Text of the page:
Principal Rob House signs the Stigma Free pledge banner at Spectrum Community School on Wednesday. The Spectrum Philanthropy Club has planned a monthly schedule of awareness campaigns to break down different stigmas, such as mental health and religion. Travis Paterson/News Staff

Club wants Spectrum to be first stigma-free school on the Island

Earning the designation as a stigma free zone takes a year, worth it, say students

A group of Spectrum Community School students is seeking to make the high school Vancouver Island’s first “stigma-free zone.”

The newly formed Spectrum Philanthropy Club, a group of mostly Grade 12 students, invited Robyn Thomas from the Stigma Free Society to help kick off the initiative last Wednesday morning.

Thomas addressed some 300 Spectrum students in the drama theatre about her own story of mental health, overcoming PTSD, and what can be done to break down certain stigmas including mental health, along with all negative stereotypes, she said.

“We’ll work with the school for the year to help it work towards being a stigma-free zone,” Thomas said. “It’s a process and at the end we’ll designate the school a stigma-free zone.”

Thomas then joined the club in the school’s front foyer during lunch, while the club invited students and staff to sign their giant stigma-free pledge banner. The movement coincides with Spectrum staff’s own initiative, Spec-Respect.

“We formed this group out of our social justice class that was supposed to happen but didn’t have enough people,” said club member Ethan Badr, in Grade 12. “We’ll hold an event every month, I think it’s really important.”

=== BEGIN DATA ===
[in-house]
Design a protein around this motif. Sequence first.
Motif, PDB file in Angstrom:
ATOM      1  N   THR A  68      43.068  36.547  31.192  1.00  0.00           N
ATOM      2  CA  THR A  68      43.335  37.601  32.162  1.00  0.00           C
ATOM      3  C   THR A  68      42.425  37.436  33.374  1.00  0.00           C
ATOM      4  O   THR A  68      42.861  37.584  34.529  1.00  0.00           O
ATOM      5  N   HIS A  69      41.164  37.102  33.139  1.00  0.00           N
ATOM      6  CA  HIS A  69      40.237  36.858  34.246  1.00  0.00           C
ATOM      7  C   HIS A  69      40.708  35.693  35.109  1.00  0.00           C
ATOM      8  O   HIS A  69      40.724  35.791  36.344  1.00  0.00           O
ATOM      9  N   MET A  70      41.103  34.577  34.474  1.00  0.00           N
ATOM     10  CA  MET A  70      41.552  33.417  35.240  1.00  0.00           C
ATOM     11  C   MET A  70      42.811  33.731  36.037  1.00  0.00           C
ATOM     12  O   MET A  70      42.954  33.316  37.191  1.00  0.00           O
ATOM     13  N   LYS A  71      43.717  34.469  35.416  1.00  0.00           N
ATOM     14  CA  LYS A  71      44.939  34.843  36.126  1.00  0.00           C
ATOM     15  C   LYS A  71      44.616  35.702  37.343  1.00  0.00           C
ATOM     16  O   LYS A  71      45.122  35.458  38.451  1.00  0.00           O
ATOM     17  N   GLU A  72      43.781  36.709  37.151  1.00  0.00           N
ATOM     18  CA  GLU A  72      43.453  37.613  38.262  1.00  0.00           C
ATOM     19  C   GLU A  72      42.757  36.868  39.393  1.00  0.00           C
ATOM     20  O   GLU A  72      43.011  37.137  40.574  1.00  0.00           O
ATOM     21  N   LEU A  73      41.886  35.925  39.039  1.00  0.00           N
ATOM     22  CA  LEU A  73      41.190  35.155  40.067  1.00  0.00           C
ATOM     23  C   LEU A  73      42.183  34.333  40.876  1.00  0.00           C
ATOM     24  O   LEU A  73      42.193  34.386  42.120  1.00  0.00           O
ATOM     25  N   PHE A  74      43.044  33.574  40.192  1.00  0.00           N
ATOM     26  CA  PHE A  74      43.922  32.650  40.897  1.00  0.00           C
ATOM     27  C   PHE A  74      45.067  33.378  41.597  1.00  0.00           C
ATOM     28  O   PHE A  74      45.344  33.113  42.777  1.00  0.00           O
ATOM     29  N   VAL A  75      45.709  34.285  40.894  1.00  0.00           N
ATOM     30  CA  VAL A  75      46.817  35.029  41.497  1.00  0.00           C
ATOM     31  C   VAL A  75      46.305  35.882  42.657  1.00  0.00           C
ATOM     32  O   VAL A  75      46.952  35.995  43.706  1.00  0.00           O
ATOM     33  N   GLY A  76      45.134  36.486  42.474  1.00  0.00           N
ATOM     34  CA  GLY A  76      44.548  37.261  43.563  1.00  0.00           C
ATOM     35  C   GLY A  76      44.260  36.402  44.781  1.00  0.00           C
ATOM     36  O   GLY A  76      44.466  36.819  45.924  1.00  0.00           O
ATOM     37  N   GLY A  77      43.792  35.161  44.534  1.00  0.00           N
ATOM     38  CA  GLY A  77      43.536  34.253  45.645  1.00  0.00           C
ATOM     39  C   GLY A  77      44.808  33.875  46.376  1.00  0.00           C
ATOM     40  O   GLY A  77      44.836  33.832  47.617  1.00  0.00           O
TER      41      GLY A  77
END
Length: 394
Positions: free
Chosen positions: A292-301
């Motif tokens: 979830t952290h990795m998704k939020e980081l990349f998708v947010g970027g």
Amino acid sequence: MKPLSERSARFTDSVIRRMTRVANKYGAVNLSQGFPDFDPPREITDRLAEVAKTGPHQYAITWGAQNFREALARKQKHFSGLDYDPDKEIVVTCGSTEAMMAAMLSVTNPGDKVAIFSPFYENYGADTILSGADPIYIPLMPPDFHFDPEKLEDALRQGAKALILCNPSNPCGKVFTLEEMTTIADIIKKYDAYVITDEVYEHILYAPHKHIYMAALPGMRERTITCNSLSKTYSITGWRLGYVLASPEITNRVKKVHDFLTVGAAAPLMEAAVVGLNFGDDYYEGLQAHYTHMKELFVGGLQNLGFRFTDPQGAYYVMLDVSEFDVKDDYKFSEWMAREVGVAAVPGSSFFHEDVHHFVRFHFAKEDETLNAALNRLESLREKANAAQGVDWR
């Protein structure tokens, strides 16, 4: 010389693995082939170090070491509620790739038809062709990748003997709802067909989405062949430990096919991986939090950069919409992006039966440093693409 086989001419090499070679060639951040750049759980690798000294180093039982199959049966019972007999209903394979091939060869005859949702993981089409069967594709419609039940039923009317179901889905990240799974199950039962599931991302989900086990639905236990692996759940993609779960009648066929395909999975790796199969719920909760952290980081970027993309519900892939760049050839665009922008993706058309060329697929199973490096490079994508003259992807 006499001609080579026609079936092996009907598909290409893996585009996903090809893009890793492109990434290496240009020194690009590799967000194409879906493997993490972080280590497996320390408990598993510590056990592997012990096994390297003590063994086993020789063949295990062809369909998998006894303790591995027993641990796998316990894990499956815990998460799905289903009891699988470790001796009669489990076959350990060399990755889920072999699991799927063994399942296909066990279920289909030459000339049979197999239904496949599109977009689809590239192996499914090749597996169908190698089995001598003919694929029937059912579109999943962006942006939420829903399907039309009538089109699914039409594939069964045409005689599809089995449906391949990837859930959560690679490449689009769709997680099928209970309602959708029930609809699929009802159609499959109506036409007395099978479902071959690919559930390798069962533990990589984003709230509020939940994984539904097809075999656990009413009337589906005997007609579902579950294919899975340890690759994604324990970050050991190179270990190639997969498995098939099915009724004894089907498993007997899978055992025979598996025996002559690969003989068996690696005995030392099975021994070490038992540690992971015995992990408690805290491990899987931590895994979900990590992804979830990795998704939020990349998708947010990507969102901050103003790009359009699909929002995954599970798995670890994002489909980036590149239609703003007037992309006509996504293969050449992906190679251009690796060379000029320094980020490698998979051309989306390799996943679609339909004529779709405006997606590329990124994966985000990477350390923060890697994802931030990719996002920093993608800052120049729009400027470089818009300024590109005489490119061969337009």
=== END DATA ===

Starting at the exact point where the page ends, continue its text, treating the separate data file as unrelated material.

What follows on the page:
The school population is already a relatively positive group with low rates of homophobia, racism or judgment regarding mental health, Badr said. But the goal is to make being stigma free a part of the school’s ongoing culture. One way they’ll do that is by holding a presentation for all Grade 9s (Spectrum is Grade 9 to 12) at the beginning of each school year, starting in 2018.

For this year, the club has launched a season-long calendar which will identify different stigmas each month.

For example, in December the group will build awareness around religion as the month holds significant meaning in Christianity, Judaism and other beliefs, said Grade 12 Jalen Smith. January will focus on mental health, which picks up on the momentum from Bell’s Let’s Talk Day.

The banner will come out again and will soon be posted in the school, Badr added.

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